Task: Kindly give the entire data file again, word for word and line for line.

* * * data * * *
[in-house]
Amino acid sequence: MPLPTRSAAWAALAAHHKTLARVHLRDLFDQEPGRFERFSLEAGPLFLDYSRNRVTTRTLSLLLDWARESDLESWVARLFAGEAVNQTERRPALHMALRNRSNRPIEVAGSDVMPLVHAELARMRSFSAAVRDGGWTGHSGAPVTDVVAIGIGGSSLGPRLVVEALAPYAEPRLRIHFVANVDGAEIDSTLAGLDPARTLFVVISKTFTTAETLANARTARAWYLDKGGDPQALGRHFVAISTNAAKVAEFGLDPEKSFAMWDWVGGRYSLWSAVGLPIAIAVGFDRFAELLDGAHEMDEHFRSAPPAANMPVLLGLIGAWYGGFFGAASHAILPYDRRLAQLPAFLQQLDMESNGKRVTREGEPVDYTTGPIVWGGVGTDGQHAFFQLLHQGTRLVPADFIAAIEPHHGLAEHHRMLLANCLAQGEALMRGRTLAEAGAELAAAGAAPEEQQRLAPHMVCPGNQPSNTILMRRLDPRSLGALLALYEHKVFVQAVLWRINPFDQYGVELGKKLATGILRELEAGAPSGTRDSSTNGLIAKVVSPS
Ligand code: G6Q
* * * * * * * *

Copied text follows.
[in-house]
Amino acid sequence: MPLPTRSAAWAALAAHHKTLARVHLRDLFDQEPGRFERFSLEAGPLFLDYSRNRVTTRTLSLLLDWARESDLESWVARLFAGEAVNQTERRPALHMALRNRSNRPIEVAGSDVMPLVHAELARMRSFSAAVRDGGWTGHSGAPVTDVVAIGIGGSSLGPRLVVEALAPYAEPRLRIHFVANVDGAEIDSTLAGLDPARTLFVVISKTFTTAETLANARTARAWYLDKGGDPQALGRHFVAISTNAAKVAEFGLDPEKSFAMWDWVGGRYSLWSAVGLPIAIAVGFDRFAELLDGAHEMDEHFRSAPPAANMPVLLGLIGAWYGGFFGAASHAILPYDRRLAQLPAFLQQLDMESNGKRVTREGEPVDYTTGPIVWGGVGTDGQHAFFQLLHQGTRLVPADFIAAIEPHHGLAEHHRMLLANCLAQGEALMRGRTLAEAGAELAAAGAAPEEQQRLAPHMVCPGNQPSNTILMRRLDPRSLGALLALYEHKVFVQAVLWRINPFDQYGVELGKKLATGILRELEAGAPSGTRDSSTNGLIAKVVSPS
Ligand code: G6Q